Analysis of native amino acid and peptide enantiomers by high-performance liquid chromatography/atmospheric pressure chemical ionization mass spectrometry
Article first published online: 18 FEB 2004
Copyright © 2004 John Wiley & Sons, Ltd.
Journal of Mass Spectrometry
Volume 39, Issue 2, pages 177–187, February 2004
How to Cite
Desai, M. J. and Armstrong, D. W. (2004), Analysis of native amino acid and peptide enantiomers by high-performance liquid chromatography/atmospheric pressure chemical ionization mass spectrometry. J. Mass Spectrom., 39: 177–187. doi: 10.1002/jms.571
- Issue published online: 18 FEB 2004
- Article first published online: 18 FEB 2004
- Manuscript Accepted: 10 OCT 2003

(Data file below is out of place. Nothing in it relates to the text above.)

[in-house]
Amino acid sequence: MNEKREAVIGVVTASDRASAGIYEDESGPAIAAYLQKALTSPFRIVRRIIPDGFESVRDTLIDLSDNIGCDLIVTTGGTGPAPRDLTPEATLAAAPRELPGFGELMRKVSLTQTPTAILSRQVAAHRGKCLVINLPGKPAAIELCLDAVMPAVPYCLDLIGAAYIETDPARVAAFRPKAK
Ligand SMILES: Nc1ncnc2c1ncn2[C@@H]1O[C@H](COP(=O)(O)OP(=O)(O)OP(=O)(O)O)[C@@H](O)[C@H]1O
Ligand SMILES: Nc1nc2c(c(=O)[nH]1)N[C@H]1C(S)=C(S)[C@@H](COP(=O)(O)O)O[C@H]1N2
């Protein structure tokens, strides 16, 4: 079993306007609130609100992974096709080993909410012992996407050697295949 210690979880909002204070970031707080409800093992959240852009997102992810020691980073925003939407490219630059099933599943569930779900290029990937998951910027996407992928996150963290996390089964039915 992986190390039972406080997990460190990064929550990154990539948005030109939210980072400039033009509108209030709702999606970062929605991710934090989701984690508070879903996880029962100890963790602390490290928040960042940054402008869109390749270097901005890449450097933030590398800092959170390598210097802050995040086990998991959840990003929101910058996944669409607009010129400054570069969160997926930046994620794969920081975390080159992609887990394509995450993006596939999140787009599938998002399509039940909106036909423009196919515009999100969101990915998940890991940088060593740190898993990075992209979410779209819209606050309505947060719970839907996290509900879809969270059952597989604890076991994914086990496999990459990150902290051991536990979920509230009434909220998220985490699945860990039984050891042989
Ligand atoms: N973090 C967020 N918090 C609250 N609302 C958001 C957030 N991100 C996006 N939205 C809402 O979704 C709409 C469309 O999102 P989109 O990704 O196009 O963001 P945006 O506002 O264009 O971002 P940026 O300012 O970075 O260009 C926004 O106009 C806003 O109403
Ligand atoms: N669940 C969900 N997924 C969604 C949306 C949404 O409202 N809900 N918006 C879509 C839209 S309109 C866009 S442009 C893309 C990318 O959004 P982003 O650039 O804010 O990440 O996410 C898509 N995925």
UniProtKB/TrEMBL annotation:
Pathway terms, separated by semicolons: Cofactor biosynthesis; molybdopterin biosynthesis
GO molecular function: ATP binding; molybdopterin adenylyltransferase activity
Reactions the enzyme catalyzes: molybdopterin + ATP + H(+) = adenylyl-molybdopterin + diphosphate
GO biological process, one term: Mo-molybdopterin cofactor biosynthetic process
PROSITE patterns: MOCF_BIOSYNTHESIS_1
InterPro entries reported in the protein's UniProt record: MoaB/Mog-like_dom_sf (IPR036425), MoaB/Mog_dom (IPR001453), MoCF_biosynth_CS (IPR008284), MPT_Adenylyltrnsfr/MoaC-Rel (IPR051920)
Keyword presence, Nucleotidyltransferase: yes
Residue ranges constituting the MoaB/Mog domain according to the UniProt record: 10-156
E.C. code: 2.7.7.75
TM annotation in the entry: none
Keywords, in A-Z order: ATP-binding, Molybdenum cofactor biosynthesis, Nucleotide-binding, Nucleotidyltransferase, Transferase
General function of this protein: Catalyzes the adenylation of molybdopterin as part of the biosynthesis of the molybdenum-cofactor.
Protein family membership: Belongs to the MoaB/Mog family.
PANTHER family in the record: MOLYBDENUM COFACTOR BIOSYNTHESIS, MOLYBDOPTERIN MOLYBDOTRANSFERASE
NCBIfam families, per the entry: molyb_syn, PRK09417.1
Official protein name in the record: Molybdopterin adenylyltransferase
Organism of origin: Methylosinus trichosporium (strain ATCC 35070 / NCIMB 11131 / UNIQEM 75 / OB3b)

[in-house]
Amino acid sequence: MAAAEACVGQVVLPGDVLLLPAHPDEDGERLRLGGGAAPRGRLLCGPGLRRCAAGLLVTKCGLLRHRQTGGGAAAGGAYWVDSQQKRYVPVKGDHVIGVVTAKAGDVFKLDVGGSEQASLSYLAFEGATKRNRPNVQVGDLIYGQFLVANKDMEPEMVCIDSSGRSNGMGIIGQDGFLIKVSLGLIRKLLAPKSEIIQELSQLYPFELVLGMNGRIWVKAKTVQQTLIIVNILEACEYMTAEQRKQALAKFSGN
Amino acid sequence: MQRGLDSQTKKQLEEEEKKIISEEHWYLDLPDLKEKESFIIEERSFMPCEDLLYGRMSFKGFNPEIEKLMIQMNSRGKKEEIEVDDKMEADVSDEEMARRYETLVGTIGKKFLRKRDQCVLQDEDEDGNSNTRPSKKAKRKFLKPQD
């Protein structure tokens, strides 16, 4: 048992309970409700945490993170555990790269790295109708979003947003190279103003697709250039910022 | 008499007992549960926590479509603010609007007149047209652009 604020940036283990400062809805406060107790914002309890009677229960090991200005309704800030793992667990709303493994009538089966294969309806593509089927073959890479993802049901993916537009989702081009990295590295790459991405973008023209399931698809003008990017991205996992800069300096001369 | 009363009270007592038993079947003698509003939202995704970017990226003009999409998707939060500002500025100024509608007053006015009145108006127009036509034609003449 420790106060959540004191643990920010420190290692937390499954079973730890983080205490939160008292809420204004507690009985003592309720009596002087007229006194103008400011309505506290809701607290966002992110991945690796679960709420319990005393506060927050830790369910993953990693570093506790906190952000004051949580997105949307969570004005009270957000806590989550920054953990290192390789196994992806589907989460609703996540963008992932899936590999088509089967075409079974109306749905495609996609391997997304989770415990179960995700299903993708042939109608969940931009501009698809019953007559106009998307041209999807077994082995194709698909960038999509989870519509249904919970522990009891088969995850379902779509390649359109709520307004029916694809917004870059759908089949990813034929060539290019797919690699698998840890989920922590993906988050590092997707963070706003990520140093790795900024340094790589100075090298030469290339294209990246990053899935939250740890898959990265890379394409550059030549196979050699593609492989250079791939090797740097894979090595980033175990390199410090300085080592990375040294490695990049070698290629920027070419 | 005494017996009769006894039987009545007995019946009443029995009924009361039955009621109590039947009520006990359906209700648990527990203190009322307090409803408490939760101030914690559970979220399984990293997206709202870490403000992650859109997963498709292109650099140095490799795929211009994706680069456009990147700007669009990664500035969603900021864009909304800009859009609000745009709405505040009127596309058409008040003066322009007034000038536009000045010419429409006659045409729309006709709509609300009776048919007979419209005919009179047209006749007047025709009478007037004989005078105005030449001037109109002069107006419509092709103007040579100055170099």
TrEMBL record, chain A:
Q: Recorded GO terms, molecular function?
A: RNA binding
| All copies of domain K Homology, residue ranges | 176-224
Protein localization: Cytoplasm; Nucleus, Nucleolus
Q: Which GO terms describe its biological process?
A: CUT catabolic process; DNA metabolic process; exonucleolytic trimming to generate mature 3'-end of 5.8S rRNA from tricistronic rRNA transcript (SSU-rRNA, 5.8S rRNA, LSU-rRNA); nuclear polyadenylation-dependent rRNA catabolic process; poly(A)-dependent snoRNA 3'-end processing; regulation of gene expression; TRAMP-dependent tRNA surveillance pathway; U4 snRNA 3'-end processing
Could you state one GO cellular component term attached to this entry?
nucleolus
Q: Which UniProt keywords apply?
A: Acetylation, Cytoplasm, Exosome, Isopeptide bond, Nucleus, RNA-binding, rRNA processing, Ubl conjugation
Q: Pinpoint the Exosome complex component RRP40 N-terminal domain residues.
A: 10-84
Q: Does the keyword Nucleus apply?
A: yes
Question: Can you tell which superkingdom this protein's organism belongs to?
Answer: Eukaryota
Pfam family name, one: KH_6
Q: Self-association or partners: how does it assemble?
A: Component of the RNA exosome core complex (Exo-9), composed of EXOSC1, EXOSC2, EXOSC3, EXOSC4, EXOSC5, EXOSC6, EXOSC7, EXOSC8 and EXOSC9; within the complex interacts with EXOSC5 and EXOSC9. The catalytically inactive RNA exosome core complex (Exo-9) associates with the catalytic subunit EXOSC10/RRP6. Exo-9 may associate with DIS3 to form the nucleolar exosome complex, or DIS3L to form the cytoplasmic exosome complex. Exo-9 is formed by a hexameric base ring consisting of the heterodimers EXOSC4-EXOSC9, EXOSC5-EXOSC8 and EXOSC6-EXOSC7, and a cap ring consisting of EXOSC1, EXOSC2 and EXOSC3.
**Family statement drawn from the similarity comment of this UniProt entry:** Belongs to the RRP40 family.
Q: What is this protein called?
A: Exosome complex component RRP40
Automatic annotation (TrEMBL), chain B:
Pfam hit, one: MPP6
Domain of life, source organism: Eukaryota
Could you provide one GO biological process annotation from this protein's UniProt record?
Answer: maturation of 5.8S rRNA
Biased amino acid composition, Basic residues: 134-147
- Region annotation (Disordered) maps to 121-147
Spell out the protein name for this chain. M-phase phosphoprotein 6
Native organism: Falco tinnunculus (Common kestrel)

- Manuscript Received: 21 MAY 2003
- National Institutes of Health. Grant Number: R01 GM53825-07.
- native amino acids;
- liquid chromatography/mass spectrometry;
- atmospheric pressure chemical ionization;
High-performance liquid chromatography (HPLC) coupled to atmospheric pressure chemical ionization (APCI) mass spectrometry was used for the separation and detection of amino acid and peptide enantiomers. With detection limits as low as 250 pg, 25 amino acids enantiomers were baseline resolved on a Chirobiotic T chiral stationary phase. APCI demonstrated an order of magnitude better sensitivity over electrospray ionization (ESI) for free amino acids and low molecular mass peptides at the high LC flow-rates necessary for rapid analysis. As the peptide chain length increased (peptides with Mr ≥ 300 Da), however, ESI proved to be the more ideal atmospheric pressure ionization source. A mobile phase consisting of 1% (w/w) ammonium trifluoroacetate in methanol and 0.1% (w/w) formic acid in water increased the sensitivity of the APCI method significantly. A step gradient was then used to separate simultaneously all 19 native protein amino acid enantiomers in less than 20 min using extracted ion chromatograms. Copyright © 2004 John Wiley & Sons, Ltd.